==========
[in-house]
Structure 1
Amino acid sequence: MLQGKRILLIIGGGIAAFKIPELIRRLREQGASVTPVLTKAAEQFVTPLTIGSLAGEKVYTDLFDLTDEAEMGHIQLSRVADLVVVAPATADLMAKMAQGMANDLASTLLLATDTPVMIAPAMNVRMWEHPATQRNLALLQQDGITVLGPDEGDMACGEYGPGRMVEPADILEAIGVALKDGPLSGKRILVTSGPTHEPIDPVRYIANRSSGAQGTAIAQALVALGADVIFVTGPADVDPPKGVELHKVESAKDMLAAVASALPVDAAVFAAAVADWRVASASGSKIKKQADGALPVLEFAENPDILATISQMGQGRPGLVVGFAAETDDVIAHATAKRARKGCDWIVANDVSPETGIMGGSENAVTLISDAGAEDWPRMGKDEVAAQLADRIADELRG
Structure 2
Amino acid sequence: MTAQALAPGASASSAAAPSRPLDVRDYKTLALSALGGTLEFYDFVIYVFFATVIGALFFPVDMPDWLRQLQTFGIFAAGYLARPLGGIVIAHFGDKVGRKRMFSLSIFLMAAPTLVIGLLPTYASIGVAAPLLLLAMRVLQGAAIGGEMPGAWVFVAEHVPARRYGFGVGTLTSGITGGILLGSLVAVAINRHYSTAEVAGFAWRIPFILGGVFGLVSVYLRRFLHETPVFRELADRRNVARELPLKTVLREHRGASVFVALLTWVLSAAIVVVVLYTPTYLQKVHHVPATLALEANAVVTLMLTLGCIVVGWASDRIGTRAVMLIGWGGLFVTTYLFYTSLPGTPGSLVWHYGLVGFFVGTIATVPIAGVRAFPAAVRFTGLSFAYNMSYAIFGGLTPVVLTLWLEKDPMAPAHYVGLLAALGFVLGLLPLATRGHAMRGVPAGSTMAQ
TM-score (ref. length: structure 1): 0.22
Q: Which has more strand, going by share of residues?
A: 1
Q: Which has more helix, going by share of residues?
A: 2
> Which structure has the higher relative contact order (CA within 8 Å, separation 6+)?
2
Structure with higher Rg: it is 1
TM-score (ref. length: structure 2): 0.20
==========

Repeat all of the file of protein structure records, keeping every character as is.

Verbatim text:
[in-house]
Structure 1
Amino acid sequence: MLQGKRILLIIGGGIAAFKIPELIRRLREQGASVTPVLTKAAEQFVTPLTIGSLAGEKVYTDLFDLTDEAEMGHIQLSRVADLVVVAPATADLMAKMAQGMANDLASTLLLATDTPVMIAPAMNVRMWEHPATQRNLALLQQDGITVLGPDEGDMACGEYGPGRMVEPADILEAIGVALKDGPLSGKRILVTSGPTHEPIDPVRYIANRSSGAQGTAIAQALVALGADVIFVTGPADVDPPKGVELHKVESAKDMLAAVASALPVDAAVFAAAVADWRVASASGSKIKKQADGALPVLEFAENPDILATISQMGQGRPGLVVGFAAETDDVIAHATAKRARKGCDWIVANDVSPETGIMGGSENAVTLISDAGAEDWPRMGKDEVAAQLADRIADELRG
Structure 2
Amino acid sequence: MTAQALAPGASASSAAAPSRPLDVRDYKTLALSALGGTLEFYDFVIYVFFATVIGALFFPVDMPDWLRQLQTFGIFAAGYLARPLGGIVIAHFGDKVGRKRMFSLSIFLMAAPTLVIGLLPTYASIGVAAPLLLLAMRVLQGAAIGGEMPGAWVFVAEHVPARRYGFGVGTLTSGITGGILLGSLVAVAINRHYSTAEVAGFAWRIPFILGGVFGLVSVYLRRFLHETPVFRELADRRNVARELPLKTVLREHRGASVFVALLTWVLSAAIVVVVLYTPTYLQKVHHVPATLALEANAVVTLMLTLGCIVVGWASDRIGTRAVMLIGWGGLFVTTYLFYTSLPGTPGSLVWHYGLVGFFVGTIATVPIAGVRAFPAAVRFTGLSFAYNMSYAIFGGLTPVVLTLWLEKDPMAPAHYVGLLAALGFVLGLLPLATRGHAMRGVPAGSTMAQ
TM-score (ref. length: structure 1): 0.22
Q: Which has more strand, going by share of residues?
A: 1
Q: Which has more helix, going by share of residues?
A: 2
> Which structure has the higher relative contact order (CA within 8 Å, separation 6+)?
2
Structure with higher Rg: it is 1
TM-score (ref. length: structure 2): 0.20